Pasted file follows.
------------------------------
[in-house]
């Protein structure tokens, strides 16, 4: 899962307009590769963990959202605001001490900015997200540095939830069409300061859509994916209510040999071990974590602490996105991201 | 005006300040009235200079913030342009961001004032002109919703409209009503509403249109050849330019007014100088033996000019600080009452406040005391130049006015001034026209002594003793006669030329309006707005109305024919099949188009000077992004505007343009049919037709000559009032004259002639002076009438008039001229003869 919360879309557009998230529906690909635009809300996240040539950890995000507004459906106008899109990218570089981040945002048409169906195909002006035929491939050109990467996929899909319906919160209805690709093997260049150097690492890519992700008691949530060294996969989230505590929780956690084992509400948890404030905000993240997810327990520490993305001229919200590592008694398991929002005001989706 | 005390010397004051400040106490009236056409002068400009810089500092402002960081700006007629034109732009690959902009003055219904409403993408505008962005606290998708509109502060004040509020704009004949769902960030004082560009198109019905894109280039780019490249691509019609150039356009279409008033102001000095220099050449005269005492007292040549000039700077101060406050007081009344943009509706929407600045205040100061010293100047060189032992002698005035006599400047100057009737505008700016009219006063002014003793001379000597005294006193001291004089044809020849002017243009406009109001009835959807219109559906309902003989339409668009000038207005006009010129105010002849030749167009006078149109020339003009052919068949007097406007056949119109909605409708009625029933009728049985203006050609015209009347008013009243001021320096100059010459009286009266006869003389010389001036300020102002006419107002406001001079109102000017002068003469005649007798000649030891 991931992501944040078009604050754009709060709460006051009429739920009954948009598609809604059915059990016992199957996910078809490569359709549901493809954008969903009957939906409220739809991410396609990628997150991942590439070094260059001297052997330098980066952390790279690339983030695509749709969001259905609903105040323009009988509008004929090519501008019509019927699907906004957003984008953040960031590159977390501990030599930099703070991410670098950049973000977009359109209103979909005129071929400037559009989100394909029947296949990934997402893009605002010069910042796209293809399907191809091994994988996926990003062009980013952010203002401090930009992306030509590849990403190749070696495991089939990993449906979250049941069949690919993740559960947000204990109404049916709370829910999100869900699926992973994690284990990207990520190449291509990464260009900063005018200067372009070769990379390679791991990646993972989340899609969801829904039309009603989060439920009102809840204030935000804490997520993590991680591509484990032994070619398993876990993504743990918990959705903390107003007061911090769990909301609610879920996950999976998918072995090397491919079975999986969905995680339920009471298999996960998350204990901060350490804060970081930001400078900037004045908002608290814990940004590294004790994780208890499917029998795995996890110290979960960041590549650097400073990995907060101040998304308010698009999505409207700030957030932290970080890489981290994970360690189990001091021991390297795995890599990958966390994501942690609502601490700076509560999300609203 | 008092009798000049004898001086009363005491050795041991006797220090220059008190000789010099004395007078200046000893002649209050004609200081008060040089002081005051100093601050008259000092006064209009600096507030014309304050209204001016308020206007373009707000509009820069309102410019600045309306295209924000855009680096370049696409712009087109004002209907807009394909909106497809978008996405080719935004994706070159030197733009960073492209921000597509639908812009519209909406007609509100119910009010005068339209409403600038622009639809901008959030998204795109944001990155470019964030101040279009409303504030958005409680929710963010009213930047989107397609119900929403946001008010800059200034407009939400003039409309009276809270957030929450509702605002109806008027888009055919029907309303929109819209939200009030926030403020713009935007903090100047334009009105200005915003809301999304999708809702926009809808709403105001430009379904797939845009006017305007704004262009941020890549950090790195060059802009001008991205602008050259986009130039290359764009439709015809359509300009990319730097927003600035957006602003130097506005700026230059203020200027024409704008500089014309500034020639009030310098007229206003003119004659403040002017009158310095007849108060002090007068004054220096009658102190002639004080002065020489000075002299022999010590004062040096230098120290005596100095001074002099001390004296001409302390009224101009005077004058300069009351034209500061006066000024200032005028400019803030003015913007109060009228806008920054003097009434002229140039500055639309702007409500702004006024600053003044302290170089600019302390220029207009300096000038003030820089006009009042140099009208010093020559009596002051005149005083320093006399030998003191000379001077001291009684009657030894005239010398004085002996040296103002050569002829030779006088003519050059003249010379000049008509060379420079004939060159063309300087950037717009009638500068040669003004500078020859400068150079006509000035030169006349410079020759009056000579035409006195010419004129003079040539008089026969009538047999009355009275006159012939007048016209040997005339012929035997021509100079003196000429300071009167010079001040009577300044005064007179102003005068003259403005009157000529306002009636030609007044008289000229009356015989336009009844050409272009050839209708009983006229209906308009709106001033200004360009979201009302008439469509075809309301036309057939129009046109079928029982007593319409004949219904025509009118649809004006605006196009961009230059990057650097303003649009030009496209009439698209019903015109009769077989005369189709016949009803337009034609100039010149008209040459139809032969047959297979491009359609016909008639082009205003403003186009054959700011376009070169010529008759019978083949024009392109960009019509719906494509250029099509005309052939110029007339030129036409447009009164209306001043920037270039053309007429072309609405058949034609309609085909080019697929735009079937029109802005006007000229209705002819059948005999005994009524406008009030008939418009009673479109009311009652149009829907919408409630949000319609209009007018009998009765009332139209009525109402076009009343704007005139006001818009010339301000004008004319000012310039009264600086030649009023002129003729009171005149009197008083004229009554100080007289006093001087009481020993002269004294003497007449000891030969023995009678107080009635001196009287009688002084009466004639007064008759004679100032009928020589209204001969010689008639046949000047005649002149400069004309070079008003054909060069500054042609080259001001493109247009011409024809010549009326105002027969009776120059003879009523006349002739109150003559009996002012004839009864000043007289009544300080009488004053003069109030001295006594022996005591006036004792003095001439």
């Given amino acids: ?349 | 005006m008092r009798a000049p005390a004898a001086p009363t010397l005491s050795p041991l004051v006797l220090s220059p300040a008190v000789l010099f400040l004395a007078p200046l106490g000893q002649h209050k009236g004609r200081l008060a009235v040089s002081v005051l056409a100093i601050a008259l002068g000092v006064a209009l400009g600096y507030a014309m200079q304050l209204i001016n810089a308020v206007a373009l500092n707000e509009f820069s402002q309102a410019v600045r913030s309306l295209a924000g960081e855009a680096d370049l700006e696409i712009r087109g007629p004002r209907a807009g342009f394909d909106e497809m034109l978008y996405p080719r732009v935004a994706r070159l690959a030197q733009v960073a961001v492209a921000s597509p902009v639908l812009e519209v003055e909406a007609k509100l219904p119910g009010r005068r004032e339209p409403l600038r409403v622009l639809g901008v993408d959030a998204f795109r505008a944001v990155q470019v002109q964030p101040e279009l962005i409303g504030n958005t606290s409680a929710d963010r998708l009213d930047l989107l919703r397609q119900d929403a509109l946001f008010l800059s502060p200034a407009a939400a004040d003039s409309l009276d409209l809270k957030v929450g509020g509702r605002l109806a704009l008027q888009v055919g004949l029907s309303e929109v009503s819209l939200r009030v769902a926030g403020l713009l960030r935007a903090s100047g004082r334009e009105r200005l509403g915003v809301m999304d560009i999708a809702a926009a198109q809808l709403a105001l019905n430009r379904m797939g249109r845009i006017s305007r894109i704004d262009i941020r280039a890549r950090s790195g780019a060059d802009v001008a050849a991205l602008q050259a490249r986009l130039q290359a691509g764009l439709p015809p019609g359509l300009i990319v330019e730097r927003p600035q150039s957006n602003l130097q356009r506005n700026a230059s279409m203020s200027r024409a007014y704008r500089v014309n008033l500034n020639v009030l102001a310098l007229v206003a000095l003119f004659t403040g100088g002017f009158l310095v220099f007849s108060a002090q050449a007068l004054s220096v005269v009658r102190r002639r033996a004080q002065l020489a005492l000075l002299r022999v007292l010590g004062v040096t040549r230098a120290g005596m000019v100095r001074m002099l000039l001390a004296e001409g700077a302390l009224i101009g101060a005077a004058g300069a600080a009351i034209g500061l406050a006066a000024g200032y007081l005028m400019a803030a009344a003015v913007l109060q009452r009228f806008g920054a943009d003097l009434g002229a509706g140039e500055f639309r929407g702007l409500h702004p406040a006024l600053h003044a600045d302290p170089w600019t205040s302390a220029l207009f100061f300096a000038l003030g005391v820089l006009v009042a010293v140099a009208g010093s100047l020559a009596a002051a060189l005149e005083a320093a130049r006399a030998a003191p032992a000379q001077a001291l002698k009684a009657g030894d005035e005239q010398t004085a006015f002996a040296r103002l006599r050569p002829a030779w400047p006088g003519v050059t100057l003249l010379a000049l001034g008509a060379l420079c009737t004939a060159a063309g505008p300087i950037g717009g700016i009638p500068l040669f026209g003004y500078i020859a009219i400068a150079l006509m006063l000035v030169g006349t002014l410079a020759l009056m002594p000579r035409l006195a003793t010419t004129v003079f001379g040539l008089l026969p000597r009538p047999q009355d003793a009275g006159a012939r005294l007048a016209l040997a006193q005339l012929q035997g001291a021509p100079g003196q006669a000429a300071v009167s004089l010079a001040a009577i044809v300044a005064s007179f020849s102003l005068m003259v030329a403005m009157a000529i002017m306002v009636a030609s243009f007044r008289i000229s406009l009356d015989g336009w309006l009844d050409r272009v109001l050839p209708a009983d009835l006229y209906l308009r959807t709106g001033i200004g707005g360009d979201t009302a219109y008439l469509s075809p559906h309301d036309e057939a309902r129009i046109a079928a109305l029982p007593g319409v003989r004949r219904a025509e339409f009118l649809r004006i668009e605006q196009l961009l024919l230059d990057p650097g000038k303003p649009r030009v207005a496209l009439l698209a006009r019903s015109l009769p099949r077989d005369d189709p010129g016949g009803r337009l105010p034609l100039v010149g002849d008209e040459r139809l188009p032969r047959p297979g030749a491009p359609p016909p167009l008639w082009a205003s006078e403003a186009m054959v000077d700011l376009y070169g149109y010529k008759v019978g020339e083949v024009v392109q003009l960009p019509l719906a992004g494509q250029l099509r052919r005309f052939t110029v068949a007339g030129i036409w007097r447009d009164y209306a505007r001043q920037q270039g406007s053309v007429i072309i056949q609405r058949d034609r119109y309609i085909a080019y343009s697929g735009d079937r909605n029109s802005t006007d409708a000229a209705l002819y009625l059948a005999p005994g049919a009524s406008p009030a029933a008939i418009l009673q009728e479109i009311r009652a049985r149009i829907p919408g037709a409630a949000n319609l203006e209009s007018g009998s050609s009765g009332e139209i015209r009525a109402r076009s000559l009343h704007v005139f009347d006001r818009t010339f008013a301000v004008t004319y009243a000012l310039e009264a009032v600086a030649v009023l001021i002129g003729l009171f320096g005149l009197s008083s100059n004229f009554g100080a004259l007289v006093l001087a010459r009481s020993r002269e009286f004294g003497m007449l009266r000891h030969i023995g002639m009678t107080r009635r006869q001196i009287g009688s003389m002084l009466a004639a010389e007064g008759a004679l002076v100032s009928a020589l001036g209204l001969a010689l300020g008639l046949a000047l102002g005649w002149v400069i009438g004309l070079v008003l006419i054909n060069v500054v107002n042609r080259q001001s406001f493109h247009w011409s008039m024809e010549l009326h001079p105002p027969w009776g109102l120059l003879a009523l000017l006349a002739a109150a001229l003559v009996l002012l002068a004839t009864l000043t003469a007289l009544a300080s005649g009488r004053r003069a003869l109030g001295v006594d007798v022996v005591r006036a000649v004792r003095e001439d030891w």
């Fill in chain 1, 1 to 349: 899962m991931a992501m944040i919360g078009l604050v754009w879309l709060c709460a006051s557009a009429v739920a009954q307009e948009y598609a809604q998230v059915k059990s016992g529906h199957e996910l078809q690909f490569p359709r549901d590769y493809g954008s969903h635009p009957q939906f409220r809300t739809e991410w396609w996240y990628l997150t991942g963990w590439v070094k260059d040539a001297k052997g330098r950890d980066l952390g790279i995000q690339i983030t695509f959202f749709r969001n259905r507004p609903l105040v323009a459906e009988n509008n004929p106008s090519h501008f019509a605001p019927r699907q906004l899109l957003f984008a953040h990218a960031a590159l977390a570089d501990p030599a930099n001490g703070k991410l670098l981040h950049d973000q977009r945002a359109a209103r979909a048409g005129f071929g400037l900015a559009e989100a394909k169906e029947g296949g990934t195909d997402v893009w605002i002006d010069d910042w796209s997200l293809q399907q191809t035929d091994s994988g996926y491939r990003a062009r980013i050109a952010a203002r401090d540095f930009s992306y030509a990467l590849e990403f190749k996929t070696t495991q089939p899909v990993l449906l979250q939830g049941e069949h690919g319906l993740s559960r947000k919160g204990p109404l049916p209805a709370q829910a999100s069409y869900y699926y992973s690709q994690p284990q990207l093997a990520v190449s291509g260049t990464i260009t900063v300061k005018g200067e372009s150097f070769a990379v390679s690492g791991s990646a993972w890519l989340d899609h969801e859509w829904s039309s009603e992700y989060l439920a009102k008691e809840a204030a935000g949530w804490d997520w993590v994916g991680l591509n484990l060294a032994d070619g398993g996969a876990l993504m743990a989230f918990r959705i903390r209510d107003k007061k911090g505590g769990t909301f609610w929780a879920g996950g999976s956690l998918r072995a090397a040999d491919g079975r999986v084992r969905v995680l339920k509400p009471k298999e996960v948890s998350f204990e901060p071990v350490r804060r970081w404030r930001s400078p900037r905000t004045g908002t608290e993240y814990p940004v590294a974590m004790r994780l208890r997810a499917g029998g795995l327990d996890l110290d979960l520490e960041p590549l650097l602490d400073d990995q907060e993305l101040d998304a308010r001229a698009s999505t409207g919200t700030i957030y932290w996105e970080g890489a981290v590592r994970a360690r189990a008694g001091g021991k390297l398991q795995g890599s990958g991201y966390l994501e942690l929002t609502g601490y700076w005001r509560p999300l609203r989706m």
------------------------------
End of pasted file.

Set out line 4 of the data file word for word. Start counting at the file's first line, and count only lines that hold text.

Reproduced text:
């Fill in chain 1, 1 to 349: 899962m991931a992501m944040i919360g078009l604050v754009w879309l709060c709460a006051s557009a009429v739920a009954q307009e948009y598609a809604q998230v059915k059990s016992g529906h199957e996910l078809q690909f490569p359709r549901d590769y493809g954008s969903h635009p009957q939906f409220r809300t739809e991410w396609w996240y990628l997150t991942g963990w590439v070094k260059d040539a001297k052997g330098r950890d980066l952390g790279i995000q690339i983030t695509f959202f749709r969001n259905r507004p609903l105040v323009a459906e009988n509008n004929p106008s090519h501008f019509a605001p019927r699907q906004l899109l957003f984008a953040h990218a960031a590159l977390a570089d501990p030599a930099n001490g703070k991410l670098l981040h950049d973000q977009r945002a359109a209103r979909a048409g005129f071929g400037l900015a559009e989100a394909k169906e029947g296949g990934t195909d997402v893009w605002i002006d010069d910042w796209s997200l293809q399907q191809t035929d091994s994988g996926y491939r990003a062009r980013i050109a952010a203002r401090d540095f930009s992306y030509a990467l590849e990403f190749k996929t070696t495991q089939p899909v990993l449906l979250q939830g049941e069949h690919g319906l993740s559960r947000k919160g204990p109404l049916p209805a709370q829910a999100s069409y869900y699926y992973s690709q994690p284990q990207l093997a990520v190449s291509g260049t990464i260009t900063v300061k005018g200067e372009s150097f070769a990379v390679s690492g791991s990646a993972w890519l989340d899609h969801e859509w829904s039309s009603e992700y989060l439920a009102k008691e809840a204030a935000g949530w804490d997520w993590v994916g991680l591509n484990l060294a032994d070619g398993g996969a876990l993504m743990a989230f918990r959705i903390r209510d107003k007061k911090g505590g769990t909301f609610w929780a879920g996950g999976s956690l998918r072995a090397a040999d491919g079975r999986v084992r969905v995680l339920k509400p009471k298999e996960v948890s998350f204990e901060p071990v350490r804060r970081w404030r930001s400078p900037r905000t004045g908002t608290e993240y814990p940004v590294a974590m004790r994780l208890r997810a499917g029998g795995l327990d996890l110290d979960l520490e960041p590549l650097l602490d400073d990995q907060e993305l101040d998304a308010r001229a698009s999505t409207g919200t700030i957030y932290w996105e970080g890489a981290v590592r994970a360690r189990a008694g001091g021991k390297l398991q795995g890599s990958g991201y966390l994501e942690l929002t609502g601490y700076w005001r509560p999300l609203r989706m």